It seems, however, that the Wong threat was no laughing matter; Bolt himself provided a link to a companion article from The Australian which elaborated on just that theme: and once people have read the explanation in that piece, I’m sure they will agree with me that the precedent Labor now seeks to cite, based on the circumstances in which the Senate last “addressed” the Governor-General in 1931, is a very flimsy rationale indeed, although I don’t doubt for a moment it is legal: the Constitution is filled with arcane powers that enable the monarch or his/her representative to act, sometimes independently with regard to prevailing circumstances (as in 1975), and sometimes in concert with Parliament.
But that doesn’t make it right: and not to put too fine a point on it, so brazen are Labor and the unions in trying to destroy the Royal Commission and its Commissioner in any way possible and so desperate are the vested interests who stand to be prosecuted (and presumably heavily fined and/or imprisoned for lengthy periods) that they are now prepared to hack away at the very pillars of ordered government in Australia to try to achieve those ends.
As the piece from The Australian notes, it would also constitute a grave and timeless hypocrisy on the ALP’s part, for it has long argued (and did, in 1975) that the “proper” function of the Governor-General is to accept advice from his/her Prime Minister and from no-one else.
This arrogant and presumptive interpretation of vice-regal power underpins Labor rage over the decision by Sir John Kerr to dismiss the Whitlam government in 1975 to this day; its apparent preparedness to itself seek to engineer a departure from that formula now — in the name of lawless thugs in its own ranks whose most useful community service would be rendered behind bars — starkly illustrates just how intellectually bankrupt, and how utterly amoral, the Labor Party today really is.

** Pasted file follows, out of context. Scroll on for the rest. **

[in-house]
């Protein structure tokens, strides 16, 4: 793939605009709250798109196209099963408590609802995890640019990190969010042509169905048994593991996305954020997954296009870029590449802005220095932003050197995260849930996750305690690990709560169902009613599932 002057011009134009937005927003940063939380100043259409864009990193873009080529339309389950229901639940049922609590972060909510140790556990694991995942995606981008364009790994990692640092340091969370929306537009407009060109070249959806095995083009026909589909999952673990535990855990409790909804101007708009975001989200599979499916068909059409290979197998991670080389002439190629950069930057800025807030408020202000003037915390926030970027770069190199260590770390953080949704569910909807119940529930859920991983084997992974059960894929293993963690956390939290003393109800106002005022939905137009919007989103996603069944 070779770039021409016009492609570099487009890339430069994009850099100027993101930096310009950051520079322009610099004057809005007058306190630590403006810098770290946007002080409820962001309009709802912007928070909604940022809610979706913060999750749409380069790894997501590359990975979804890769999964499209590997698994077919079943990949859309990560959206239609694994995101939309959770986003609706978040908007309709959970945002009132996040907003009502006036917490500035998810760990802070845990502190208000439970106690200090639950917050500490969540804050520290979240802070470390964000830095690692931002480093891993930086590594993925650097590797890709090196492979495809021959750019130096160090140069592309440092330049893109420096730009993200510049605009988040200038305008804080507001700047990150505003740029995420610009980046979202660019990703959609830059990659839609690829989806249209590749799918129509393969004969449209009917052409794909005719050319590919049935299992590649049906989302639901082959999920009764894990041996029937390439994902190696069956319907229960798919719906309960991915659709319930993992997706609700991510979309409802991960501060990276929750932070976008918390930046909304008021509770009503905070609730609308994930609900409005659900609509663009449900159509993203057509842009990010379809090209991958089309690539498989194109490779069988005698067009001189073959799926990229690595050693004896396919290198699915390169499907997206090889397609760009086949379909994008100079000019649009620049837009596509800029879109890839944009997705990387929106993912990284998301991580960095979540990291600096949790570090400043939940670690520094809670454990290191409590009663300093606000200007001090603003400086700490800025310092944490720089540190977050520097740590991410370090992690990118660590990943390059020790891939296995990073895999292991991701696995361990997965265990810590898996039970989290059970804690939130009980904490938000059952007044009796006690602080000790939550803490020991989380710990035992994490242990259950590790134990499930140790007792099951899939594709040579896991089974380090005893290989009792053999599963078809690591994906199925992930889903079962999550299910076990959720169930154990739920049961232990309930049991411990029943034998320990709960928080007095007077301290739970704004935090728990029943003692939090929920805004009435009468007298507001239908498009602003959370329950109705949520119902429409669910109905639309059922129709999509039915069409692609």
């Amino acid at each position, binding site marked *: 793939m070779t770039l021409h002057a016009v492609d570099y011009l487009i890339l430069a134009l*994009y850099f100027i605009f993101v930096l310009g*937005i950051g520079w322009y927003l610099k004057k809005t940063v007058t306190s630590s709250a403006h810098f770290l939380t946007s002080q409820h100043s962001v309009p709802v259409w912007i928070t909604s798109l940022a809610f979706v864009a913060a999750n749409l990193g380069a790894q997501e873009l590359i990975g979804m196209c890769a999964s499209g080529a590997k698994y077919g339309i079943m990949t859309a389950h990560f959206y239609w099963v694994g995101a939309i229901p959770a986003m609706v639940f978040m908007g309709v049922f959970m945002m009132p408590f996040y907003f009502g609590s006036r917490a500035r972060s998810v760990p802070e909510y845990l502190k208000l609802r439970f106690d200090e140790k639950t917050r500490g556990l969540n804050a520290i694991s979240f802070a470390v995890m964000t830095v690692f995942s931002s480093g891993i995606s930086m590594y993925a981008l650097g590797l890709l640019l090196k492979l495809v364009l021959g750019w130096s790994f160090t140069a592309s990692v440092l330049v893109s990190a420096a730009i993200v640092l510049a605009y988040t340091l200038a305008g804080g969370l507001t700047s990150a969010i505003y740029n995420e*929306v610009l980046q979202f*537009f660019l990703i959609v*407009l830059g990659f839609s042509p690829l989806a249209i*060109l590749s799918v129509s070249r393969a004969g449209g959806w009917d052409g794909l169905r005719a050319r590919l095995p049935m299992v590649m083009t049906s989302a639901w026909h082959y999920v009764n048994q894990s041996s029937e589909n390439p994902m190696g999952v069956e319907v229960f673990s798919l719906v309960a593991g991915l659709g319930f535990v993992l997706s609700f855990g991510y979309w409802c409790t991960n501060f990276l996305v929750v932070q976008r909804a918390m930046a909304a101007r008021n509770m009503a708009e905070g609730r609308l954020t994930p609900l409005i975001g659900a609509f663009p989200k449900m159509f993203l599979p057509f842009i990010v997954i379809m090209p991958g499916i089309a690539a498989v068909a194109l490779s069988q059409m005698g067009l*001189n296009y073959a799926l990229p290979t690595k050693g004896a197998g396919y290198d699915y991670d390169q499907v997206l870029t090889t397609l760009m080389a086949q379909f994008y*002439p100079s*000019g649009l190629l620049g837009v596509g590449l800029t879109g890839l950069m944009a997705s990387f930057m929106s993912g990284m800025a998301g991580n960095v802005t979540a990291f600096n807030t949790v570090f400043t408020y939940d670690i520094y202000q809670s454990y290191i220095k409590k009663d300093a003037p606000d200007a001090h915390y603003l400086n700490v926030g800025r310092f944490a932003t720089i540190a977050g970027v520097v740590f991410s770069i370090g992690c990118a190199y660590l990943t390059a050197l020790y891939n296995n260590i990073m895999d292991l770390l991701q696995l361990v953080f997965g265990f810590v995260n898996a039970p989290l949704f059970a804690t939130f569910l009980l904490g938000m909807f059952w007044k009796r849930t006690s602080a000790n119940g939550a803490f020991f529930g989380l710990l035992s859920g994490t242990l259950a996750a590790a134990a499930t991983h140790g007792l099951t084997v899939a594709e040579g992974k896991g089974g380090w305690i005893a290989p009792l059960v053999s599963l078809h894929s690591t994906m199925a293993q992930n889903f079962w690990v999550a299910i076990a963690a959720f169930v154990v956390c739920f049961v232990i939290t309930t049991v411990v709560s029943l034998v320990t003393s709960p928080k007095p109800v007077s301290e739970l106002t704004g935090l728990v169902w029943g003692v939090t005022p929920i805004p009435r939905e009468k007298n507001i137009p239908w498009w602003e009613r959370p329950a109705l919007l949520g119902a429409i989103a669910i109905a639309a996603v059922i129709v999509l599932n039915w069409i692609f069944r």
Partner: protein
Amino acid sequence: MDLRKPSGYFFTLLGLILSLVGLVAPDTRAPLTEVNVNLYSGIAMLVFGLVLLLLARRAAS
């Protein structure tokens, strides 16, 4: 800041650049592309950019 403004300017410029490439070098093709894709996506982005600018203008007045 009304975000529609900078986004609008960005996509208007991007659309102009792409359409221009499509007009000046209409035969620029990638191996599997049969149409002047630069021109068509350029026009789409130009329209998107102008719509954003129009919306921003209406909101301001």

Were the Senate to vote to “address” Cosgrove, the Governor-General would be under no obligation whatsoever to accede to its demands; indeed, the likeliest response would be to tell Wong and her cohorts — e’er diplomatically — to get stuffed, although it is to be hoped such a riposte would be delivered with the bluntness Cosgrove was revered for as a soldier.
It may be that this has occurred to Wong, who yesterday indicated the opposition would defer its motion in the Senate until early September to allow Prime Minister Tony Abbott to “show some leadership,” which is code for sacking Heydon. Again, Abbott can and should refuse to budge. It is a bit rich for someone like Penny Wong to be talking about leadership at the best of times, let alone when she is party to an attempt to trash decades-old conventions of governance and to undermine the very system of government in Australia.
Yet even so, the fact this is playing out at all reeks of the stench of an artifice that is rotten to the core, and the fact Labor and the unions — irrespective of the validity or otherwise of the “smoking gun” they think Heydon’s (withdrawn) agreement to give the Sir Garfield Barwick Lecture offers — are, at root, fighting to stop criminals in their ranks being identified, comprehensively outed, and prosecuted.
There is no “principle” underpinning the actions of the unions and the ALP. It is just that simple.
Former Howard government staffer Chris Kenny — now a columnist at The Australian, and certainly no friend to Labor — nonetheless published one of the most sober and rational perspectives yesterday; I would go so far as to distil the ridiculous nature of the ALP’s behaviour even further: what Labor and the unions are trying to sell people on is the contention that Royal Commissioner Dyson Heydon giving a law lecture at a Liberal Party function shows bias and disqualifies him from impartially presiding over any official forum in public life.
What is fails to explain is how Australia’s Human Rights Commissioner (and acknowledged socialist activist) Gillian Triggs similarly appearing at ALP fundraisers is any different.
But then again, the ALP has never had any compunction over shameless hypocrisy when it suits its own grubby ends.